What is an "invention"? The Wright brothers received a patent for building one embodiment of an "invention" ("a single glider that could barely fly"), but the scope of their patent claims covered a much broader idea of their "invention," which might be interpreted at different levels of abstraction, ranging from all flying machines to only airplanes very similar to the original embodiment. In The Levels of Abstraction Problem in Patent Law (forthcoming in the Northwestern University Law Review), Tun-Jen Chiang (George Mason Law) argues that courts do not even acknowledge that this problem exists; rather, they select a level of abstraction "arbitrarily and silently." Chiang's goal is "to demonstrate that the problem exists and current doctrine fails to acknowledge it" and to "provide the [legal realist] foundation for a more transparent analysis of the problem."
Don't the disclosure requirements solve this problem, so that the Wright brothers could not claim flying machines at such a high level of abstraction that they are not enabled by the specification? For example, the Supreme Court invalidated patents for claiming more than was disclosed in O'Reilly v. Morse (where Morse attempted to claim all communication through electromagnetism) and The Incandescent Lamp Patent (where Edison's competitors attempted to claim all light filaments). But Chiang notes that "a literal application of the 'full scope' rule [that the specification must disclose every embodiment covered by the claim] would invalidate every patent in existence. . . . because, as Jeffrey Lefstin has pointed out, every patent claim covers an infinite array of embodiments, which cannot all be taught by the specification."
In contrast with the "full scope" rule, Chiang describes the "one-embodiment-enables-everything" rule, which stems from a second line of cases like Invitrogen v. Clontech and Durel v. Osram (click for highlighted quotes). Although "courts have attempted to reconcile these two lines of cases [by] hold[ing] that 'after-arising' technology need not be taught," Chiang argues that this distinction makes little sense: "the cases are utterly irreconcilable" and "[a] citation to one or the other line of cases can justify any outcome."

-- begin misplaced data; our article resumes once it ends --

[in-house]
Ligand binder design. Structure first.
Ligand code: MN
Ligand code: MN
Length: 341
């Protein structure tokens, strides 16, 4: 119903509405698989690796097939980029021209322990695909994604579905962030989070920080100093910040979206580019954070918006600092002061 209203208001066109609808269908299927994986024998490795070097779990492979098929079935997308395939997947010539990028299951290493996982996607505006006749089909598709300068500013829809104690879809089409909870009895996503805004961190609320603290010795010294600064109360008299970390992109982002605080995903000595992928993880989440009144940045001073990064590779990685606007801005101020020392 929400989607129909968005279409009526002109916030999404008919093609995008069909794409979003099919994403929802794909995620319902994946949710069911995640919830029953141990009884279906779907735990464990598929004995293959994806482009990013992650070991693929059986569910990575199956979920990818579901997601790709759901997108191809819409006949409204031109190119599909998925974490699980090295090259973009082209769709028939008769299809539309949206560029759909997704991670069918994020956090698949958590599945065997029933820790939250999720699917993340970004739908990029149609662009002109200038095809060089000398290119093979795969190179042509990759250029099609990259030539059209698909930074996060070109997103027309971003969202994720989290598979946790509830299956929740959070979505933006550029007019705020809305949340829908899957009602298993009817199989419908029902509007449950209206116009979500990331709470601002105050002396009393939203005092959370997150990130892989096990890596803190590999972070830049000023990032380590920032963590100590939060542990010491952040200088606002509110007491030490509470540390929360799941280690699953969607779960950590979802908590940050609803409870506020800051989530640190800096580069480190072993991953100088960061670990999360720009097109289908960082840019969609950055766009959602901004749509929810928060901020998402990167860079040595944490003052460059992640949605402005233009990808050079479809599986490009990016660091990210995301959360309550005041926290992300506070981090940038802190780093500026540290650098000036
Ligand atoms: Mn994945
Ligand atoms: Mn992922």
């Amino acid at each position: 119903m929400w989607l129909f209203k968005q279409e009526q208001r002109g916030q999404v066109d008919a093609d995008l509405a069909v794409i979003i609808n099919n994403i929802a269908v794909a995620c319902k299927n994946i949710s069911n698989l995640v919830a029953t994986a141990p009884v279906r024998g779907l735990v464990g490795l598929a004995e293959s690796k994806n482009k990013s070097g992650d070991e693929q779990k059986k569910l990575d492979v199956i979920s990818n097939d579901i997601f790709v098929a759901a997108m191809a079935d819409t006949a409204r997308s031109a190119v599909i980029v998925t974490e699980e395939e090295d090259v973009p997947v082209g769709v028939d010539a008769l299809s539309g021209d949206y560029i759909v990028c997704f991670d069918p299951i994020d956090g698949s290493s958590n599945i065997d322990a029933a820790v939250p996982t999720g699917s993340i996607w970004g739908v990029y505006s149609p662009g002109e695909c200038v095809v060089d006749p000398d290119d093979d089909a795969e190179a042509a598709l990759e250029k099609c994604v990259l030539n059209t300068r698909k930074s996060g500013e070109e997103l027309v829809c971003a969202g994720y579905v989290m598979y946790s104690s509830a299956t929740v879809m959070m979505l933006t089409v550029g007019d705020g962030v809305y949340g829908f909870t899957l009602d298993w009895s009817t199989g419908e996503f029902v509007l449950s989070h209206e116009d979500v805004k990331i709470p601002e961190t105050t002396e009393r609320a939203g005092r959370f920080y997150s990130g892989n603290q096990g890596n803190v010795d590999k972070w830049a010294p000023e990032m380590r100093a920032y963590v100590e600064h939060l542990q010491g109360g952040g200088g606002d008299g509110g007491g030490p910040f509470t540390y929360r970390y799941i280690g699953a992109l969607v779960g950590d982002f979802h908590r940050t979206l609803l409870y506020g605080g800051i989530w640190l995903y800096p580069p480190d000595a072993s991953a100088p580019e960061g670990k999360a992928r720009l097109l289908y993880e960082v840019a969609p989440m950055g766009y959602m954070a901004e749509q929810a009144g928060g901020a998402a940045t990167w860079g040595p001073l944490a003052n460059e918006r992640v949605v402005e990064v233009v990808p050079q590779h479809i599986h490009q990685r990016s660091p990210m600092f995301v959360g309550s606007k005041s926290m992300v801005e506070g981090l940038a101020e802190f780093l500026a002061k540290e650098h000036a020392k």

Chiang notes that "courts usually reach sensible results anyway," but argues that "outcomes are largely sensible precisely because there is judicial discretion." He is not troubled by this discretion, but he wants courts to be more honest about it: "the masking of the true decision-making process behind formalist rhetoric makes it more difficult to resolve the many cases that are never litigated, ultimately forcing more litigation and expense." Instead of engaging in futile debates over dictionaries and textual meaning, Chiang argues that courts should openly make "an assessment of the social benefits of the pioneer’s work; the incentives necessary to achieve this breakthrough; the cost of monopoly in terms of what later research has been or will be hampered; and the extent to which subsequent research is derived from the pioneer’s work."
I think The Levels of Abstraction Problem in Patent Law does a nice job pointing out some inconsistencies in patent doctrine, but even if courts resolve to be more open in addressing this problem, it isn't clear what they should be openly doing. Chiang joins scholars like Abramowicz and Duffy and Burk and Lemley in arguing that courts should play an active role in shaping patent law to meet utilitarian ends. And I think Chiang is right in suggesting that this approach "is less prone to arbitrariness in intellectual property law than other areas, because there is widespread consensus on the normative framework—economics-based utilitarianism," so that "disagreement about patent outcomes is largely empirical." But this empirical disagreement has not been resolved by scholars—there are still serious debates about whether patents even provide a net benefit in some technological fields, and specific questions like the efficient scope of a given patent are even harder—so I'm not convinced that a judge committed to Chiang's approach would be able to figure out how to decide a given case. Still, even describing the question judges should be asking is a useful contribution, and this article has made me think much more carefully about what "invention" really means. It is one of the more interesting patent articles to come out in the past year, so I recommend downloading it.